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California Is Following New Jersey’s Lead With Sports Betting

For those of you who don’t know, The United States Supreme Court (SCOTUS) has finally decided to hear New Jersey’s case on a possible lift on the sports gambling prohibition caused by the Professional and Amateur Sports Protection Act (PASPA). In 2014, the state passed a provision that would allow legal sports wagering in the state but legal hurdles were enough to keep the law held back until it was finally struck down in 2016. Well, SCOTUS has decided to take another look at those laws in New Jersey, which has opened the ears for other states to start making the same changes.

The Chair of the Assembly Governmental Organization Committee, Adam Gray, has announced the impending arrival of an amendment to the law that’s keeping sports wagering illegal in all but 4 states, PASPA. He has noted that the decisions to take another look at the laws in New Jersey has prompted California to start down the same path. He remarked, “I am pleased to see the US Supreme Court has shouldered the burden of bringing legal clarity to the issue of sports wagering…”

Gray then continued about how residents of the state of California are already placing sports bets online through offshore providers accepting bets from Americans. He thinks it’s time that the state takes the appropriate steps to bring the industry into a domestic initiative that includes taxation and state regulation. He wants to keep residents from using unscrupulous, unregulated, and unsafe online gaming websites and replace those with properly regulated, state based online sports wagering options that have the proper oversight. He is also hoping to draw CA gamblers away from the legally licensed gambling sites that accept US players to keep that revenue at home. At the same time, he wants to crack down on the illegal providers and to remove them entirely from the market so there are no risks to residents to begin compulsive or underage gambling. “All other gaming activities in California are subject to regulations that ensure the safety of consumers. Sports wagering should be treated no differently.”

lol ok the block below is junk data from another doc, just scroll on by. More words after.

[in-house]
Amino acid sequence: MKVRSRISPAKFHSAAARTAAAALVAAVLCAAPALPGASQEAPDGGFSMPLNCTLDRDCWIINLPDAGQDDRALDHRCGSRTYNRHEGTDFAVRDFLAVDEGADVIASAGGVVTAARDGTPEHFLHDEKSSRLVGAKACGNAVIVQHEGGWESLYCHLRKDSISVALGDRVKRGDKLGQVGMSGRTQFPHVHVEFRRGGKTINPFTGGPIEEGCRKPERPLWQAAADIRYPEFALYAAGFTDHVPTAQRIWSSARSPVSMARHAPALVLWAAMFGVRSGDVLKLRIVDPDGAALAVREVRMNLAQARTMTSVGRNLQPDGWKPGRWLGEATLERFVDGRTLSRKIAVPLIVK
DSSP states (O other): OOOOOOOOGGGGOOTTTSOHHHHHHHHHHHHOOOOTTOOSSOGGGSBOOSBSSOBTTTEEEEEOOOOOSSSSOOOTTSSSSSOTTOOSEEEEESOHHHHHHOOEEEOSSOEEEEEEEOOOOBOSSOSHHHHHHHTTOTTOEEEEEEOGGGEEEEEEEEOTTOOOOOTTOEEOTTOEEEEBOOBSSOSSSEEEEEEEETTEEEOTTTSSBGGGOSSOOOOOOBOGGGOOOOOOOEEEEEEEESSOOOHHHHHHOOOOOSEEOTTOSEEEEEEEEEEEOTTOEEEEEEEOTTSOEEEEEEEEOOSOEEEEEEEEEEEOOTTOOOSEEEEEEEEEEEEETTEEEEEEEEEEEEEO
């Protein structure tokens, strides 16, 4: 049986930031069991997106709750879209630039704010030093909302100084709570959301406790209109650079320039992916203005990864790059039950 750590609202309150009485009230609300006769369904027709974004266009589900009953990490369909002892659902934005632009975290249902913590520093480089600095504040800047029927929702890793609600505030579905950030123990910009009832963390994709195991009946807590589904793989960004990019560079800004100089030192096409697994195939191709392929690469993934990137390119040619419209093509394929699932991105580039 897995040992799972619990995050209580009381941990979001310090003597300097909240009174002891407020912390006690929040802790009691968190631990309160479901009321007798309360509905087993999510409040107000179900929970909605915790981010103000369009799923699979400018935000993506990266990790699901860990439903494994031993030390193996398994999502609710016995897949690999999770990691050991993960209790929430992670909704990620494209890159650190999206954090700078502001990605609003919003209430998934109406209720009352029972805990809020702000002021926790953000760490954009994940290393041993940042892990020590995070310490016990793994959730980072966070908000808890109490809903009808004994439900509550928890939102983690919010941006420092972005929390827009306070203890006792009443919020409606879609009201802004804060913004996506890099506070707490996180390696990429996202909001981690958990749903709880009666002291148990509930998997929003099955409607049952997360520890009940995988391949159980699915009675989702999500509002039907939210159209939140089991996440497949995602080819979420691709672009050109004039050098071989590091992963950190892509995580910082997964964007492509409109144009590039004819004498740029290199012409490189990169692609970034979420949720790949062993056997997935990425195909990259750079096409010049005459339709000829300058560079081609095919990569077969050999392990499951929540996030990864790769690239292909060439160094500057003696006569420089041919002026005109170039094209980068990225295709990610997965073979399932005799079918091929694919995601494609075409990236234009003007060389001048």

The state legislature in California has to approve the new attempt at sports wagering by a two-thirds majority before it can even be seen on the ballot as a referendum. This has traditionally been no easy task for the state legislators. It’s a fact that California has been pursuing online poker for almost an entire decade with Asssmeblymember Gray backing it but it hasn’t seen much success in recent years even after Daily Fantasy Sports legislation passed the initial phases.

However, sports betting seems to have a better chance than online poker as California isn’t the only state to start to consider this. Connecticut and Mississippi have also taken steps to begin the proper regulation of sports wagering in 2017.

California is a state that has a population of over 40 million people. It’s the largest state in the country and could potentially bring in hundreds of millions in yearly revenue in sports wagering alone. Nevada, where sports wagering has been legal since 1992, nets around $4.5 billion, generating around $219 million dollars in revenue per year. With a population of 40 million, imagine what California’s revenues would be.

Do you think the Professional and Amateur Sports Protection Act should be repealed?  We would love to hear your thoughts on this.